I consider these job losses to be depression level totals. Admittedly conditions are not as bad as the great depression, but this is certainly no ordinary recession by any economic measure...
Fannie Mae issued a grave warning about its future saying it needs $19 billion in additional government aid as job losses grow and risky loans made during the housing boom go bad at an unnerving pace. Already got a $15 billion bailout in March, warne
Forget about the bank stress test, which is all smoke and mirrors--watch Treasuries to see what is really happening in the economy.
California is running short on cash fast—$23 billion short. According to chief legislative budget analyst Mac Taylor, the Golden State may not have enough moolah to keep it going through July...
In addition the "birth-death adjustment" was +226,000, close to double the previous month. That's the computer model that "estimates" the number of jobs that are created in the economy but unreported.
The results of the stress test are due to be released at 5:00 PM to ensure minimum news cycle impact, and the Feds have released a statement on what to expect. By this point, there's been so much leaking and throat clearing, it almost seems like
The greater their failure, the bolder they become. The more they lose, the more they take. The greater the chaos, the more control they exact. The bigger they fail, the harder we fall.
I have never ceased wondering how many people lied to get a loan that they simply could not afford. This video explains how and why the bankers used this outrageous loan qualification process.
Some investors in 401(k) retirement funds who are moving to grab their money are finding they can't.
General Motors posted a $6 billion first-quarter loss and spent $10.2 billion more cash than it took in during the first 3 months of the year as revenue plummeted by $20 billion. Talk of the company going bankrupt scared some consumers away from buyi
[whoopie again] U.S. President Barack Obama, facing criticism over huge budget deficits, will propose on Thursday shaving $17 billion from a 2010 budget that will still hover around $3.5 trillion, administration officials said.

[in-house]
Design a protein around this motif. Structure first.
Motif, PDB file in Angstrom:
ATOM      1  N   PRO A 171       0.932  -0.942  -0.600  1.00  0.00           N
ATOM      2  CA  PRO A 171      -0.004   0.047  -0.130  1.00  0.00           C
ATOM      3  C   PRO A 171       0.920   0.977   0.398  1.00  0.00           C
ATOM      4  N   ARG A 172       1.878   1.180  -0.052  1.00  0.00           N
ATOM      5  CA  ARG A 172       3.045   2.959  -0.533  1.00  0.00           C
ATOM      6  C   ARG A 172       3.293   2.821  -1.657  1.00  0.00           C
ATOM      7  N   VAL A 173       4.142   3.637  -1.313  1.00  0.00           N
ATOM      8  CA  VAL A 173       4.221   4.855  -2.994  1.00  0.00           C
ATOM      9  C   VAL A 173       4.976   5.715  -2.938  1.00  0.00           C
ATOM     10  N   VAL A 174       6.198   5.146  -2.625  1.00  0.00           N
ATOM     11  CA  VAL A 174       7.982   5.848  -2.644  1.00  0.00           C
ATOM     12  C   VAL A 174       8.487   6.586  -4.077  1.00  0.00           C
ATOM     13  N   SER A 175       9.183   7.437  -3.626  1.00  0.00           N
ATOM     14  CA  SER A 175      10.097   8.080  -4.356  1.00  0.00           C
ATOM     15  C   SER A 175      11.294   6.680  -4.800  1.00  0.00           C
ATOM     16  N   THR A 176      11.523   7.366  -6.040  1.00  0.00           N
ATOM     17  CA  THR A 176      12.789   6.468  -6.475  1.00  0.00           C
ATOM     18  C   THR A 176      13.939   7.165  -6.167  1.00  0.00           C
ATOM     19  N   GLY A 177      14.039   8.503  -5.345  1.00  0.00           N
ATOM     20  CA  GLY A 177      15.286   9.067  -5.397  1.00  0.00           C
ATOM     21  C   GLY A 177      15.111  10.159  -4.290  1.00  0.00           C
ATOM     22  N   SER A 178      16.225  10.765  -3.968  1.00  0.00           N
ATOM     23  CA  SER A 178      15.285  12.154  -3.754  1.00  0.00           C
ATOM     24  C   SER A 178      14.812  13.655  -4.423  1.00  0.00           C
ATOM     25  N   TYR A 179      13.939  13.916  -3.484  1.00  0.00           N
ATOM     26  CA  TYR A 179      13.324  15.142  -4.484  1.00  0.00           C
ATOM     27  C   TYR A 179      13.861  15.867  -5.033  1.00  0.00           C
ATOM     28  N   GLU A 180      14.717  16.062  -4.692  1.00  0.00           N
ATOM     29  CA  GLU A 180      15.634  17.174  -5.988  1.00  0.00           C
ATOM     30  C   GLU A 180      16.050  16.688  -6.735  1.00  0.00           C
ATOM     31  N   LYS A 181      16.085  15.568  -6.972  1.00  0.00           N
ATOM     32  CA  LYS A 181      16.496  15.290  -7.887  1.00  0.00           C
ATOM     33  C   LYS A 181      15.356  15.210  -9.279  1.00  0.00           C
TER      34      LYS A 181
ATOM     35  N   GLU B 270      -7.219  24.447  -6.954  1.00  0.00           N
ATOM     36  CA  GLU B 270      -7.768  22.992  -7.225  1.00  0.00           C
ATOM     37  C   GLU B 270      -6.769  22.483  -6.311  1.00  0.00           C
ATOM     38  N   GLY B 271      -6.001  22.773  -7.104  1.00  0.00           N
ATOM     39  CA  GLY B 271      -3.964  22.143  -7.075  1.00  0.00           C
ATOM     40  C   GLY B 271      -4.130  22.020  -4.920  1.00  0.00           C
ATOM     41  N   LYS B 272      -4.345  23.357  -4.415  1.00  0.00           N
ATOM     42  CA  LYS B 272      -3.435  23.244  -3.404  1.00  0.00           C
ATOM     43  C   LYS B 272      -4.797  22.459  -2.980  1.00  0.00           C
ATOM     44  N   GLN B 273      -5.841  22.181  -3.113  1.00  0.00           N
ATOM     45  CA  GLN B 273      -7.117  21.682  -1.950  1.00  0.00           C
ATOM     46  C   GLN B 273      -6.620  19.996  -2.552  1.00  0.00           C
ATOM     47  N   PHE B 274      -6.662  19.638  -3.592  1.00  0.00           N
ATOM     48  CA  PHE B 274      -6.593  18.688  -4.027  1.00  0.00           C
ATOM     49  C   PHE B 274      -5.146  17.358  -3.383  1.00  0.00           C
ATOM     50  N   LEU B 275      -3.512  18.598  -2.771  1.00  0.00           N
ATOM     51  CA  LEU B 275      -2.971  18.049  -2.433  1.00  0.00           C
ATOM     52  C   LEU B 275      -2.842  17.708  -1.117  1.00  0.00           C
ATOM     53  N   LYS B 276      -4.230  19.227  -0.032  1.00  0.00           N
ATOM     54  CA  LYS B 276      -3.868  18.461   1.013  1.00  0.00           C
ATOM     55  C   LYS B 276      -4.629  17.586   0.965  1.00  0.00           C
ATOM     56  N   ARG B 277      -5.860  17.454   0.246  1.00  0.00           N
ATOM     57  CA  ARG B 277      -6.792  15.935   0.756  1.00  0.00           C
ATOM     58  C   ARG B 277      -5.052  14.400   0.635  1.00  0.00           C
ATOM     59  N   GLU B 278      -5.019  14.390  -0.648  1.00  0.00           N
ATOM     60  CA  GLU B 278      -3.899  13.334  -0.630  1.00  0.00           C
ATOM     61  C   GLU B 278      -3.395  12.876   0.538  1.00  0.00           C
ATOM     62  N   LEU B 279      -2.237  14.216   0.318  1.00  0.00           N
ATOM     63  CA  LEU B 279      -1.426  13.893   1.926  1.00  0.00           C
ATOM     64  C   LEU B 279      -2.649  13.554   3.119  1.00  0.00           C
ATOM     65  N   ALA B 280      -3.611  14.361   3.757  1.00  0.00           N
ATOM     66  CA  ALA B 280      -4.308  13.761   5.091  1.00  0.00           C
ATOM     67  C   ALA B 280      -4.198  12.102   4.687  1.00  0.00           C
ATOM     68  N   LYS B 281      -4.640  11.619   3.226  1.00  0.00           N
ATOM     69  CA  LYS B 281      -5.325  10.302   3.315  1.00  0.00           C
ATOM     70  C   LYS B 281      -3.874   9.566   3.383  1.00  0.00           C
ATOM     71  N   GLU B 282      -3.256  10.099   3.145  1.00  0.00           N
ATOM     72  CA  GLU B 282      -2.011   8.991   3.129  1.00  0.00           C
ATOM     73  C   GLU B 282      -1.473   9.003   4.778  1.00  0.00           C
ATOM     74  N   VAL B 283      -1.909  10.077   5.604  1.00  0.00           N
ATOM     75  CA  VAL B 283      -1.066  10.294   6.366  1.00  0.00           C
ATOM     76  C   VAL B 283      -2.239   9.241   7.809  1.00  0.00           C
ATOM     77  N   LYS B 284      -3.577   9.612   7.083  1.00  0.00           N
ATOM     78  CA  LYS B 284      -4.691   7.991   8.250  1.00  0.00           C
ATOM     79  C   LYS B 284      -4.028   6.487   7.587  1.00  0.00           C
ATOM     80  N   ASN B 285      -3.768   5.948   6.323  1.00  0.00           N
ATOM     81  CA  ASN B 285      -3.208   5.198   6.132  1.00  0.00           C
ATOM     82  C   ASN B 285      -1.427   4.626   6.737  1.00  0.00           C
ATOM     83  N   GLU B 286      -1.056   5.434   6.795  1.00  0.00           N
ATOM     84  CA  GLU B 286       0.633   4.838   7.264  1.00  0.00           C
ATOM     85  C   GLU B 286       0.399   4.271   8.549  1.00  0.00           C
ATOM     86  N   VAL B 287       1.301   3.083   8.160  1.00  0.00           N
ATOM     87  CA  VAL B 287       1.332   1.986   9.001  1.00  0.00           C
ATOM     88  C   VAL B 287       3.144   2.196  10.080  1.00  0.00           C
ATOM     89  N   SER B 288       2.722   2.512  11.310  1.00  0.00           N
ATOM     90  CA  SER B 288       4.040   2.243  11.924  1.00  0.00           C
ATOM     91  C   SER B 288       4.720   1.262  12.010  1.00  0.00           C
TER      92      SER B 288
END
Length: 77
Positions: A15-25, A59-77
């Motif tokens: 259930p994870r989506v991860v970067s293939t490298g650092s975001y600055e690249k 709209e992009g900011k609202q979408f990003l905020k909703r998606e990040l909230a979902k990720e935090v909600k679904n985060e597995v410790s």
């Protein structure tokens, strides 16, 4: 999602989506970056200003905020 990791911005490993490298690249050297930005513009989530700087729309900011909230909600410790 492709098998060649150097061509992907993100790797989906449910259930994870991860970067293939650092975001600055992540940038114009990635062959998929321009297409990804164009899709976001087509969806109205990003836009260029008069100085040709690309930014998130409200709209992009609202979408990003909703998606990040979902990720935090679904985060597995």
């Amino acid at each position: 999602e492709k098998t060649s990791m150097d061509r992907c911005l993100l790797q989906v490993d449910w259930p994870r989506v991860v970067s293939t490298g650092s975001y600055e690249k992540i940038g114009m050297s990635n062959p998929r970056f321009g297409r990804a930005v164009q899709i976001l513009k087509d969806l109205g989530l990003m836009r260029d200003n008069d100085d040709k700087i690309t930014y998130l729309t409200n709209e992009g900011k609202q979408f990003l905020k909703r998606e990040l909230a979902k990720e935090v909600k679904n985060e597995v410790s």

Some of the nation's largest banks will be scrambling to demonstrate that they can raise capital after results of government stress tests leaked out, showing many need more funds. The Treasury Department will officially release results later Thur
I warned you in July of '08... I'm doing it again.
The government will not require Bank of America Corp. to raise any new capital as a result of its stress test, although the company will be required to increase its holdings of common equity, the most dependable kind of capital, by about $35 billion
For now, the "bottom" is in -- that is, the bottom of this society's ability to process reality. It may continue for a month of so, even after the "stress test" for banks is finally let out of the massage parlor with a "h
Don't fall for it folks. $34 billion in dilution is $34 billion, no matter how it is achieved. BAC's current market cap (according to Yahoo Finance) is $70 billion (as of yesterday's close), meaning that you will be diluted by about 50%
Regulators have determined that Bank of America Corp. has the largest need for new capital among the 19 biggest U.S. banks subjected to stress tests, according to people familiar with the matter.
From time to time, a few members of Congress—as many as 10, sometimes fewer—gather with Rep. Ron Paul (R-TX) to eat lunch and hear from an author or expert whose opinion he thinks is worth promoting. They take notes. They ask questions.
The effect of this as disclosed would be that the existing common shareholders would have their holdings reduced in value to one percent of their current market value. So as of 4:00 PM today, your $1.85 stock price would be... drum roll please... $0.
Here is an interesting email from "Scott" who was denied a credit card from Capital One, on the basis of "worsening economic conditions" in his area. "Scott" says he has a FICO score of 800.
Federal guarantees by 13 countries on more than $400 billion of financial company bonds are punishing the AAA-rated World Bank Group with record borrowing costs -- an indication of what can go wrong when government gets in the way.
It'll take several years. And we're going to be better and stronger for it. Because we got so addicted to this crack-pipe of housing leverage. That's not a business.
“We could see [the current] 8,000 institutions go down by half or greater,” she said.
The Shoots will become Venus Fly Traps soon enough. The take home message, and a point Zero Hedge has written about in the past, is that absent the Fed propping the credit market day after day, the entire system is on the verge of systemic collapse.
S&P yesterday afternoon stuck virtually the entire sector on Credit Watch Negative and that was just the start.
The Federal Reserve plans to deliver results of stress tests on U.S. banks to executives today that may show about 10 companies need additional capital to weather a deeper recession, people familiar with the matter said. [just 10, huh?]
CIA Director Leon Panetta has some urgent advice for President Obama: Read “Clintonomics” and use it! Panetta’s advice is no secret. He is referring to a new book just out, “Clintonomics: How Bill Clinton Reengineered the Reagan Revolution,” (AMACO
Citi's roughly $500 billion in foreign deposits are a huge impediment to putting the bank into conservatorship. It seems inconceivable that Uncle Sam would guarantee those deposits, yet failure do so could have catastrophic consequences. A run...